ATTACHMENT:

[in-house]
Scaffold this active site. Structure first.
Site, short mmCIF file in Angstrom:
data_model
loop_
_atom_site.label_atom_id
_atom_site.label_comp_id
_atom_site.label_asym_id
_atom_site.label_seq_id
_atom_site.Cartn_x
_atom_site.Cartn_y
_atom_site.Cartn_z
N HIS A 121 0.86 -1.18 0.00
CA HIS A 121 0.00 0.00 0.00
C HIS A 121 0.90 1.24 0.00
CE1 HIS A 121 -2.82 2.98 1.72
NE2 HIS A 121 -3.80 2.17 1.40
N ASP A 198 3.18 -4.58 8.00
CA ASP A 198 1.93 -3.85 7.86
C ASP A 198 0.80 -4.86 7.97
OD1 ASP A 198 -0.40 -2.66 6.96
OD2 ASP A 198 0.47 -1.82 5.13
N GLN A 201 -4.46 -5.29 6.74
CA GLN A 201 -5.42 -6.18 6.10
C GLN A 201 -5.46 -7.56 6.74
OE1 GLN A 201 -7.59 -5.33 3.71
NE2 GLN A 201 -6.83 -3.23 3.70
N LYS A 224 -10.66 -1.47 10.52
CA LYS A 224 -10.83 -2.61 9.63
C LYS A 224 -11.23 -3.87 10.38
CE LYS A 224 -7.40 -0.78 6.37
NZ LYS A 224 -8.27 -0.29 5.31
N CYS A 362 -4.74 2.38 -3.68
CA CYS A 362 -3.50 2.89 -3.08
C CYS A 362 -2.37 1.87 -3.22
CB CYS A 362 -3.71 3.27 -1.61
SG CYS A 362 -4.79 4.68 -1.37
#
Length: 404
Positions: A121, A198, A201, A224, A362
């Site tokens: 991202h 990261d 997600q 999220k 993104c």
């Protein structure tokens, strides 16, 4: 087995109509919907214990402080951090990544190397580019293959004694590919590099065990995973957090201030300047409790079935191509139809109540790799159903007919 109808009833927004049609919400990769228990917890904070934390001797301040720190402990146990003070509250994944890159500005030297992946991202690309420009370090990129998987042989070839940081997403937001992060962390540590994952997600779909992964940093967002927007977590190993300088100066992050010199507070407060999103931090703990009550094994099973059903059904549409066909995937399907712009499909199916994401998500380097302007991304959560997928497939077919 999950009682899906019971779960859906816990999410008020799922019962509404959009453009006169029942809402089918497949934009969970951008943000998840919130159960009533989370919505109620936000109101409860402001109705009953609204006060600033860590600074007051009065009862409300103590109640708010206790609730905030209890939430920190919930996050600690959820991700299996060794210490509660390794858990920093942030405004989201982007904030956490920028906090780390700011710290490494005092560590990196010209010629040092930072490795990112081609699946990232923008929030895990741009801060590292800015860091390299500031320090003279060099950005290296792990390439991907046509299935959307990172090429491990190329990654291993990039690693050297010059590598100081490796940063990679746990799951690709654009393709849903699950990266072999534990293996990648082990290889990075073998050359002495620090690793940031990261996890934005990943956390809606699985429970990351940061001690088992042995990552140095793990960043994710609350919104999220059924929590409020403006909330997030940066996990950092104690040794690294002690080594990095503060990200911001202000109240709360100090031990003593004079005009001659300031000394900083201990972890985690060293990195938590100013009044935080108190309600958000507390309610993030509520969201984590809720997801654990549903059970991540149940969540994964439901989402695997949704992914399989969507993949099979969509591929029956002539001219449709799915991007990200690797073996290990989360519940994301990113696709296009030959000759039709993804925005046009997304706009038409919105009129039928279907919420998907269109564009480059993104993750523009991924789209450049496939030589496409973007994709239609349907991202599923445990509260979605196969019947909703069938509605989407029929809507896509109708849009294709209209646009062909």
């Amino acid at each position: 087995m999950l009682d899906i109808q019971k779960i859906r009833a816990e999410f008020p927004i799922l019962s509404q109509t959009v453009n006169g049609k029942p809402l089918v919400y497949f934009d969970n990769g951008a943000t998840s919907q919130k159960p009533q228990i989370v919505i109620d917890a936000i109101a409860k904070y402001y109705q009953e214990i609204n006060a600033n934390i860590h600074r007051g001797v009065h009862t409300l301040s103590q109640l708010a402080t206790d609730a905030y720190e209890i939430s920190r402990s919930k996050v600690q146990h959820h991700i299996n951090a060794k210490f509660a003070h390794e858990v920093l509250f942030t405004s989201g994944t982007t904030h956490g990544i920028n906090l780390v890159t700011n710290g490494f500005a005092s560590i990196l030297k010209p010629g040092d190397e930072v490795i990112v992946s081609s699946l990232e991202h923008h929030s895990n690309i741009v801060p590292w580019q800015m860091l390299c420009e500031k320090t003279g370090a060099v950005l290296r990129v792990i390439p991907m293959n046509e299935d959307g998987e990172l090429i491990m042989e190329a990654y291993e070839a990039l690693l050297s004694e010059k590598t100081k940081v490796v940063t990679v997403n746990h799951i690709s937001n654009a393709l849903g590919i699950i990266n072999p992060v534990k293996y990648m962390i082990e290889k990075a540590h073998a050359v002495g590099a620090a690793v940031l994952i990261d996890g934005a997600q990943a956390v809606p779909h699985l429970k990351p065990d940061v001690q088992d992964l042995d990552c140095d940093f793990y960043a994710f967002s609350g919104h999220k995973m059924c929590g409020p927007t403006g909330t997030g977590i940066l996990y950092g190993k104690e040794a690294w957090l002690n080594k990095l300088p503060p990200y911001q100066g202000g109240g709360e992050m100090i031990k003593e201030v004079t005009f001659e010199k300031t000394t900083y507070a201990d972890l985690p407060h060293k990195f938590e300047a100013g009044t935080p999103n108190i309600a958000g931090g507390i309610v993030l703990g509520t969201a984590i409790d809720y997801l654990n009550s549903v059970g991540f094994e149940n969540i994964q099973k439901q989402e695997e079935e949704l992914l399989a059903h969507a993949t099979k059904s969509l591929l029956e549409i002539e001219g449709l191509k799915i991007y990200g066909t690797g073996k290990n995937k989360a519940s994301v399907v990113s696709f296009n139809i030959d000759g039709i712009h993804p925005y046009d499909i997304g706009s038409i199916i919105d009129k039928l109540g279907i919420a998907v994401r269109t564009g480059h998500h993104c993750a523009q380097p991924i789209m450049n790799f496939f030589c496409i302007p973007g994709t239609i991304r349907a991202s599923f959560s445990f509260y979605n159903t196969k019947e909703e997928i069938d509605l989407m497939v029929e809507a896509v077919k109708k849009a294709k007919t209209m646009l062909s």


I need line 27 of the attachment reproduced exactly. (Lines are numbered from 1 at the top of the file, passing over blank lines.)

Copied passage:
NE2 GLN A 201 -6.83 -3.23 3.70